The next time you see a judge treating a SRL in a rude, hostile or mocking way, you need to say so – to a colleague, to the court clerk, to the judge him or herself. We need to stop tolerating this and stand up for a system that even in a time of change and strain and tension can still treat people fairly and with civility.
Pressing the Reset Button
Our focus needs to turn away from obsessing about whether or not we can construct a legal fiction of “fairness” – which appears from Martin v Samsone to amount to not being treated horribly for the entire time you are in the courtroom – that cloaks judges with impunity when they treat people badly. Of course we understand that judicial independence is important – but our notion of what this means is distorted by the culture that tolerates this behavior and rests on the erroneous assumption that SRLs are just behaving badly, rather than foundering hopelessly, in the courtroom.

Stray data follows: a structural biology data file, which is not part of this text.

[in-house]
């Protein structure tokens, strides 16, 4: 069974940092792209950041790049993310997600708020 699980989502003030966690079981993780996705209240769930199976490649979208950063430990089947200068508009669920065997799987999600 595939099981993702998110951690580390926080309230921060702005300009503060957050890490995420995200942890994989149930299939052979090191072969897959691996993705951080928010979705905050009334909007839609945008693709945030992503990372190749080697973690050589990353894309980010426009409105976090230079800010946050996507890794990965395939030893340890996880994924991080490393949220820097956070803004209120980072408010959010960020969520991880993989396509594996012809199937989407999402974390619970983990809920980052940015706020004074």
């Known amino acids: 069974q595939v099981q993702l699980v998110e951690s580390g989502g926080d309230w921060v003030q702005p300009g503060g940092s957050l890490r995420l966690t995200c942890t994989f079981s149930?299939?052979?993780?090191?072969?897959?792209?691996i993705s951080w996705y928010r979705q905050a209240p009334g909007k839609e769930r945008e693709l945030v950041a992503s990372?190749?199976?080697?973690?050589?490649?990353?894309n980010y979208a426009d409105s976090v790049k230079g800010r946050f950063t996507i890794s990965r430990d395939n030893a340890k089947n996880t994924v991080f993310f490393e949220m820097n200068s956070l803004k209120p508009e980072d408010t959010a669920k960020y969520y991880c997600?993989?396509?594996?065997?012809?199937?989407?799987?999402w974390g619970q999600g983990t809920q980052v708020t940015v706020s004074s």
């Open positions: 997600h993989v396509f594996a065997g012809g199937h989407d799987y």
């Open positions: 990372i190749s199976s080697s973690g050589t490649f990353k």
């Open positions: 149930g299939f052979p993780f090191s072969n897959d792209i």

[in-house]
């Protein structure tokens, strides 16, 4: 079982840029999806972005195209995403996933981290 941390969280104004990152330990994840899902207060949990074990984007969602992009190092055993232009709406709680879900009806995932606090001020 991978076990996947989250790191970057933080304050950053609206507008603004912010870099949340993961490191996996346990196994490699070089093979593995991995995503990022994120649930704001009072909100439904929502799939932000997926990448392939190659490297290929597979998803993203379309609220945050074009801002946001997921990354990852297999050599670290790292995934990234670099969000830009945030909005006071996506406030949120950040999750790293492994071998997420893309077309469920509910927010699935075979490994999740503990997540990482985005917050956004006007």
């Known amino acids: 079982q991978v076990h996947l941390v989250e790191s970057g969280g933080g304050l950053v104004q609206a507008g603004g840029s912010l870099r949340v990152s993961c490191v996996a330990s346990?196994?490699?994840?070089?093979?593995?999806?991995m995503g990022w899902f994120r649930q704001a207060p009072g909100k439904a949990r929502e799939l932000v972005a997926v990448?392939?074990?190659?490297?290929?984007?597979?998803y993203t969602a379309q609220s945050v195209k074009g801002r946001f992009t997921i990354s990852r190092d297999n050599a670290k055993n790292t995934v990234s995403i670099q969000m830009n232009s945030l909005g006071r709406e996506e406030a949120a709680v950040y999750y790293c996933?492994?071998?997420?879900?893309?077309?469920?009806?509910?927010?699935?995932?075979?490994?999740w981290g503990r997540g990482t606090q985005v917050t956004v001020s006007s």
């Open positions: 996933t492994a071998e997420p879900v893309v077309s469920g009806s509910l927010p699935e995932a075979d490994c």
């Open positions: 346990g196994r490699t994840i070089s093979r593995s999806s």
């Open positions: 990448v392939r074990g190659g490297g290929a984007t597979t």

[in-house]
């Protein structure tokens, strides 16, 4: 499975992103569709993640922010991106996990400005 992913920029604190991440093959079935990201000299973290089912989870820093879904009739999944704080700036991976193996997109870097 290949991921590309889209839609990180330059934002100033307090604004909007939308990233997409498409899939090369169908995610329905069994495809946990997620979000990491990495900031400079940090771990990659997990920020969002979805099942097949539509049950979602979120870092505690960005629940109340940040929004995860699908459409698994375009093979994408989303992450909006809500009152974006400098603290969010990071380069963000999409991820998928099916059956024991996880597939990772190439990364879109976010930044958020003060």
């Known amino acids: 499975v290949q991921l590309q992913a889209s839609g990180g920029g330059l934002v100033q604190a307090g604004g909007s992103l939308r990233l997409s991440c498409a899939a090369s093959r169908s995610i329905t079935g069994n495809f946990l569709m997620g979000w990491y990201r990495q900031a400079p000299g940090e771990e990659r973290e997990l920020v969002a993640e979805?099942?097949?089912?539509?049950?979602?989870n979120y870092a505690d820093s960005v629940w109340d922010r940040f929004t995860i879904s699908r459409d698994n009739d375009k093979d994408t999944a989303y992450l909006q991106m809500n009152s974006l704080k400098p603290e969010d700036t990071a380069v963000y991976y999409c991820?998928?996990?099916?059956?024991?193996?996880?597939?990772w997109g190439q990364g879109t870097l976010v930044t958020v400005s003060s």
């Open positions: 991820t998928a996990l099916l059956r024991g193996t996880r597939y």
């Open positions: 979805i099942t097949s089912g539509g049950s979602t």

Whatever happened to the judicial “duty to assist”? A few judges are working hard at figuring out how to manage their courtrooms in a way that enables SRLs to participate functionally and fully. These judges understand that if they are to do their job well, they need to use their considerable experience and intelligence to adjust their approach to conducting a hearing or a trial, rather than to stubbornly continue to behave as if everyone they address is a lawyer and berate them if they are not.
We need to press the reset button on how we think about fairness and judicial independence if we are going to bring court proceedings involving SRLs – more than half of family cases now – back into the real-world where the general public makes some fairly consistent assumptions about proper standards of courteous behavior. This does not include calling someone an idiot, eye-rolling or ridicule, or raising one’s voice and upbraiding someone as if they are a disobedient child.